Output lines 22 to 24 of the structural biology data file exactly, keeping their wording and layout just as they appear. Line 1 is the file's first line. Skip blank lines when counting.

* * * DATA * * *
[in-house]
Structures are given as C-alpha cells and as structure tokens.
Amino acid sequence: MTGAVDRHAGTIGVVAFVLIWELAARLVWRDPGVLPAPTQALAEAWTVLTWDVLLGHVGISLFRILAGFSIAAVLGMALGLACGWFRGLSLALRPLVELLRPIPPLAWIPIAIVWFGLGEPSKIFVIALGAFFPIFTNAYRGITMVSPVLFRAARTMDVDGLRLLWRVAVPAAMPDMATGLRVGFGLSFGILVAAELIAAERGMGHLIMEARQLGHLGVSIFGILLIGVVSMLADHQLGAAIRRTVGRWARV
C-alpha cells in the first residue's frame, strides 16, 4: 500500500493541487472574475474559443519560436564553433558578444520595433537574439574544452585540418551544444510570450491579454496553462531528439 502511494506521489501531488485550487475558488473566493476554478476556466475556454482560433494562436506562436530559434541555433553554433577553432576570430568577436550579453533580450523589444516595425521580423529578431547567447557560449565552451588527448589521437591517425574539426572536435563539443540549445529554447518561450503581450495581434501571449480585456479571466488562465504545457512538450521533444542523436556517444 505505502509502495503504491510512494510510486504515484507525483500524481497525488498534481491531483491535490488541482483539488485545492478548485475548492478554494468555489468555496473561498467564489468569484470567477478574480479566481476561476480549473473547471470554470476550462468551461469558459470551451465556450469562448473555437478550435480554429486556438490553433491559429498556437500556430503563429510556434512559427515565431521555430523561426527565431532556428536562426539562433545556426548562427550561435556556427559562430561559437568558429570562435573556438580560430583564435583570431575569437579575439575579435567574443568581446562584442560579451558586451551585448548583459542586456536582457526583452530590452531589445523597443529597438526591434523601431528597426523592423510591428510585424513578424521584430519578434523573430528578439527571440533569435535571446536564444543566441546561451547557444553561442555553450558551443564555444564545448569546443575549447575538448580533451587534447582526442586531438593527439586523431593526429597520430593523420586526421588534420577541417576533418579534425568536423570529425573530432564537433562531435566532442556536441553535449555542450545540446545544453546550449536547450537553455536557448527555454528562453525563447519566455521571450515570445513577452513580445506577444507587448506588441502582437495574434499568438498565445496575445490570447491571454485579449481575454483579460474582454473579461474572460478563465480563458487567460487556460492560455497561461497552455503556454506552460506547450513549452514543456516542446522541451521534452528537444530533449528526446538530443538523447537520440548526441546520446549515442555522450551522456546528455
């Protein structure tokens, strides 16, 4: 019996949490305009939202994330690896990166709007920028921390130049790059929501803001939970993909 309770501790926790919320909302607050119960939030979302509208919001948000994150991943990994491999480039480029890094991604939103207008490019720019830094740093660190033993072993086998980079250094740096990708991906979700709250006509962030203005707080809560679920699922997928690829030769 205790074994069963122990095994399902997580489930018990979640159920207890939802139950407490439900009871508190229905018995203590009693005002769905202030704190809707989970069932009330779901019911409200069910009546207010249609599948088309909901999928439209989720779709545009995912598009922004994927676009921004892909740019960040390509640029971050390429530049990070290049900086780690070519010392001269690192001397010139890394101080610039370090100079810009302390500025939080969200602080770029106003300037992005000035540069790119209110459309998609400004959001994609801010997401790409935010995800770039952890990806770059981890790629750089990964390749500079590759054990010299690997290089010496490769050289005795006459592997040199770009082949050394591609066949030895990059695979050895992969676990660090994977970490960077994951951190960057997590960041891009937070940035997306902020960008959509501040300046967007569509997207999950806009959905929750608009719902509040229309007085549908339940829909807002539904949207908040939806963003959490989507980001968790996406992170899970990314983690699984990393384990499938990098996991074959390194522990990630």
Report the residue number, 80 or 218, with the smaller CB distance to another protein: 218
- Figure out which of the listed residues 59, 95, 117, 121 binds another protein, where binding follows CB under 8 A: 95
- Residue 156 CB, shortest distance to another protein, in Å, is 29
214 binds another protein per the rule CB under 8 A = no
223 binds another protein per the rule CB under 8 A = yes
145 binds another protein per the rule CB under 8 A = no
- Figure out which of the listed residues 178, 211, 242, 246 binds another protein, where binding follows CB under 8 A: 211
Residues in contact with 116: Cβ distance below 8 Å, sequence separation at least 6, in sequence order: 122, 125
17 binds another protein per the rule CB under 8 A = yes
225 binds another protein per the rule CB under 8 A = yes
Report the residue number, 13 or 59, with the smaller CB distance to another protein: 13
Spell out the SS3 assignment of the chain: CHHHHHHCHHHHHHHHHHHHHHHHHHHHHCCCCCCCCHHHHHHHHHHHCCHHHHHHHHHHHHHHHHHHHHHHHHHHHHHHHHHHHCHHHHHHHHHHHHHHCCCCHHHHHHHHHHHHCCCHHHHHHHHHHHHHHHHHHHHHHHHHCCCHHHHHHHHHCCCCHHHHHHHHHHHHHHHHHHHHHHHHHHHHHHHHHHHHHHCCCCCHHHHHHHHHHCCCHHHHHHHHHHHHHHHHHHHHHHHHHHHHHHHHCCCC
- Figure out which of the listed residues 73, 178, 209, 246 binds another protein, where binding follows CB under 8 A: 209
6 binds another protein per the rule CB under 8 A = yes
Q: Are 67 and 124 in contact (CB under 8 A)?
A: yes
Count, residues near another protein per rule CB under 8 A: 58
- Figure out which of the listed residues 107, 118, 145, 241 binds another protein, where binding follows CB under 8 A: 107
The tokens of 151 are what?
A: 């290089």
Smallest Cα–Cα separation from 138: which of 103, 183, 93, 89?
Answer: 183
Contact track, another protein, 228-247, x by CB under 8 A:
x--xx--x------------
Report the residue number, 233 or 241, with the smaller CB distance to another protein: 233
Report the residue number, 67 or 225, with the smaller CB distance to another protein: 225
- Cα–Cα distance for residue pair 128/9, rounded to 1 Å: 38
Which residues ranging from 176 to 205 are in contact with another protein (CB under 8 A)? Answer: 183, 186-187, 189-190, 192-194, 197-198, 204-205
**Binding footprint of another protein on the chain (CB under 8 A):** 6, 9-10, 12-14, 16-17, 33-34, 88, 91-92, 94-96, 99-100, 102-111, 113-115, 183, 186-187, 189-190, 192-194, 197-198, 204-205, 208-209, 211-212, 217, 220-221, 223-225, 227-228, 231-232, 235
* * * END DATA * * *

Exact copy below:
Count, residues near another protein per rule CB under 8 A: 58
- Figure out which of the listed residues 107, 118, 145, 241 binds another protein, where binding follows CB under 8 A: 107
The tokens of 151 are what?